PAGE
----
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Clark Street subway station will reopen in April, as BHA looks to curb climate emissions

Clark street subway station
The Clark Street station in Brooklyn Heights.
Photo by Ben Verde

The Clark Street subway stop will reopen for full service in April — which should help boost its mom and pop businesses, who have been suffering from the lack of foot traffic — the MTA recently told the Brooklyn Heights Association. Nurturing local retail has been a focus of the venerable neighborhood organization, which just surveyed pedestrians on Montague Street and is mulling whether closing the thoroughfare to cars could help revitalize it.

“Our goal is to create a pedestrian-friendly zone to encourage people to linger and shop so our existing businesses will flourish and new businesses will fill the empty spots,” said BHA President Erika Belsey Worth at the group’s annual meeting Thursday, February 24.

Speaking of traffic, the nonprofit continues to push government to address the failing BQE cantilever before disaster strikes. “The 20 years DOT says we’ve gained will be over in a blink of the eye,” said Belsey Worth. “Our current goals include keeping city and state eyes on the BQE.”

The group applauds recent efforts to reduce traffic on the strained roadway. “Reducing lanes from three to two was a very bold use of paint,” Belsey Worth said, referring to one of the new measures. On the plus side, traffic reduction has not increased traffic on surrounding surface streets, as had been feared, and the crash rate has plummeted, she said.

Whatever solution is found, the BHA’s priorities include eliminating vibrations, noise and pollution and maintaining the Brooklyn Heights Promenade and existing entrances to Brooklyn Bridge Park, she said. Founded in 1910, the influential group’s many accomplishments include preserving the neighborhood, stopping highways and creating parks.

Considering Covid challenges, the group held a remarkable number of events in 2021, including a fundraising party on the Promenade that preservationist Otis Pearsall and other Brooklyn luminaries attended. BHA plans to make its spring neighborhood cleanup an annual event and to expand its new and popular walking tours.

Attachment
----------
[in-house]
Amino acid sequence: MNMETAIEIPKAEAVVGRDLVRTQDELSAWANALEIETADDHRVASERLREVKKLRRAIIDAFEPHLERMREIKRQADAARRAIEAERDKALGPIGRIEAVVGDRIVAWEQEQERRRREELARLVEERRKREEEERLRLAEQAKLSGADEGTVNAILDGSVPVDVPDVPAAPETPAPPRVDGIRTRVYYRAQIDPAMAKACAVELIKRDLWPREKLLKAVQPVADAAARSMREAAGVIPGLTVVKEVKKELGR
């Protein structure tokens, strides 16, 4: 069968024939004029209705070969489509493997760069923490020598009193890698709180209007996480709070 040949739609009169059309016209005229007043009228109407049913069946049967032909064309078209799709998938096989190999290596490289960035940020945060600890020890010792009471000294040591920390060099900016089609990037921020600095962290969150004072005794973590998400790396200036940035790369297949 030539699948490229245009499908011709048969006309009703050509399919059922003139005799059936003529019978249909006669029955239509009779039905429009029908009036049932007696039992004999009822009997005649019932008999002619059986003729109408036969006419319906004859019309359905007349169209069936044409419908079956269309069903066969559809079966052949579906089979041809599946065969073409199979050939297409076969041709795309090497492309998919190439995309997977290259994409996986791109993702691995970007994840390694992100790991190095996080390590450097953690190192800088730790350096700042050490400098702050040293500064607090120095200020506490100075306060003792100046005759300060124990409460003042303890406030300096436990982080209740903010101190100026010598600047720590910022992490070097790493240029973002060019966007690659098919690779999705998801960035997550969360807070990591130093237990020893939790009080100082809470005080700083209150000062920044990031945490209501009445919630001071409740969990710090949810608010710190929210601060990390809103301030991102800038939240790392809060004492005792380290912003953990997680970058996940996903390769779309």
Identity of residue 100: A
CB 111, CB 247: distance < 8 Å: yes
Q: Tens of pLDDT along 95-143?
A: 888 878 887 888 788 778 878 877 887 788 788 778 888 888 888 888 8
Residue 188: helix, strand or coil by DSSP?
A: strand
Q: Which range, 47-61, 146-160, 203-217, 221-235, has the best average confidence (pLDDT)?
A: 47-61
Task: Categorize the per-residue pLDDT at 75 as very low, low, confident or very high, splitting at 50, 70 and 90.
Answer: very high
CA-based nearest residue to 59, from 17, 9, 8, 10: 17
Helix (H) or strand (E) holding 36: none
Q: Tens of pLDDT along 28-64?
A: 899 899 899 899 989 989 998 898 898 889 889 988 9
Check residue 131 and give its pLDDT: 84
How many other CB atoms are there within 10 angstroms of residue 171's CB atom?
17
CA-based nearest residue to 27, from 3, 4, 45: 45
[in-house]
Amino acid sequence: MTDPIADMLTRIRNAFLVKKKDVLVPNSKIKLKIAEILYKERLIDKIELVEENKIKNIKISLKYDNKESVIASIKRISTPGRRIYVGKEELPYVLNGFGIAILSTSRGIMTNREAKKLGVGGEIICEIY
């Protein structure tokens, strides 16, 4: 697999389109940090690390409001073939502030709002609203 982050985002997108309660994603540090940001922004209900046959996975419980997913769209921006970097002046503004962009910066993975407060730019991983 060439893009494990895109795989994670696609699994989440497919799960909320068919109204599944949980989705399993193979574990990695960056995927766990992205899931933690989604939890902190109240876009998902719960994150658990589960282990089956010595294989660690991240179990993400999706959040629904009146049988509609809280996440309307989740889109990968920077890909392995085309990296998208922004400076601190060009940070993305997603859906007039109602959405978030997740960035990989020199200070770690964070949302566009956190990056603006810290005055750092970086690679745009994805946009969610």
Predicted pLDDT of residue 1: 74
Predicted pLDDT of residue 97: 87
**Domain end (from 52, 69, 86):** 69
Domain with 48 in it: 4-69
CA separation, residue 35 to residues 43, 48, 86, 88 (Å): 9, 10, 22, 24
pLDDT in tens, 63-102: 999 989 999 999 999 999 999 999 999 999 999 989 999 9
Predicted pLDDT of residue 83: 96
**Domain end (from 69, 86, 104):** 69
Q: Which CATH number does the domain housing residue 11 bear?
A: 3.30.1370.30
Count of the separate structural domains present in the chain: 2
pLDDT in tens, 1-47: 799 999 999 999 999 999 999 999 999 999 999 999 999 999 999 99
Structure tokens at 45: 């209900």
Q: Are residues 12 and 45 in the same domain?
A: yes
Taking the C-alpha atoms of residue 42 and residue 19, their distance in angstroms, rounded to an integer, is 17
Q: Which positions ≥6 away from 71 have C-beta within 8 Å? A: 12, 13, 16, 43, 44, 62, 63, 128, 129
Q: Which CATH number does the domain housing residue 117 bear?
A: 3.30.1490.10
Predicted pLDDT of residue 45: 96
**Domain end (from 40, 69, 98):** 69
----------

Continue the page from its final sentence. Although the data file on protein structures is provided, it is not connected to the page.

After skipping its biennial show house fundraiser in 2021 “for obvious reasons,” as Belsey Worth put it, BHA will hold its third one later this year; more details are coming soon. Despite postponing the show house, the group netted $56,000 and has assets of more than $722,000 for the past fiscal year, said BHA Executive Director Lara Birnback.

The group’s annual service awards went to the founders of the Brooklyn Heights Community Fridge and to Amerika Williamson for organizing the annual holiday tree lighting on the Brooklyn Heights Promenade.

The focus of this year’s meeting was a conversation with two experts about climate change and what to do about it.

“The battle to contain greenhouse gases was lost in the ’90s,” and climate change is already here, said author, consultant and climate change expert Eugene Linden. Emissions are 63 percent higher than they were some 30-plus years ago when the issue became public. In large part, that’s because the U.S. encouraged developing countries China and India to embrace coal. “The result is China’s emissions dwarf anyone else’s. India is third in emissions,” he said. “Everyone signed on to reduce emissions but everyone’s efforts were muted by emissions from China.”

While the public thinks climate change is far off, “it’s become quite clear since the ’90s that climate change is here. Each decade has been warmer than the last and they’re all setting records,” he continued. Weather-related disasters in the last decade cost $3 trillion.

“The perverse incentives prevail everywhere; there is enormous momentum to business as usual,” he said. Although “the hour is very late,” every nation on earth has to lower emissions, and “every nation can.”

Linden proposes a universal tariff that would apply globally to lower emissions at least 3 percent a year. In the U.S., businesses are starting to realize it’s in their interest to reduce emissions and “they are going to have to take the lead” because they “have the megaphone and control our politics,” he said.

Nonetheless, said fellow speaker and environmental journalist Leslie Kaufman, urgent action is needed from the government because “until the government puts on a carbon tax or tariff, we move too slowly or ineffectively.”

At home, individuals can help make a difference by boycotting products from bad actors, taking public transportation and not flying, and New York City can likely be powered entirely by renewable energy sources, they said.

If you want to watch the meeting yourself, a video recording is available.

A version of this story first appeared on Brownstoner.com

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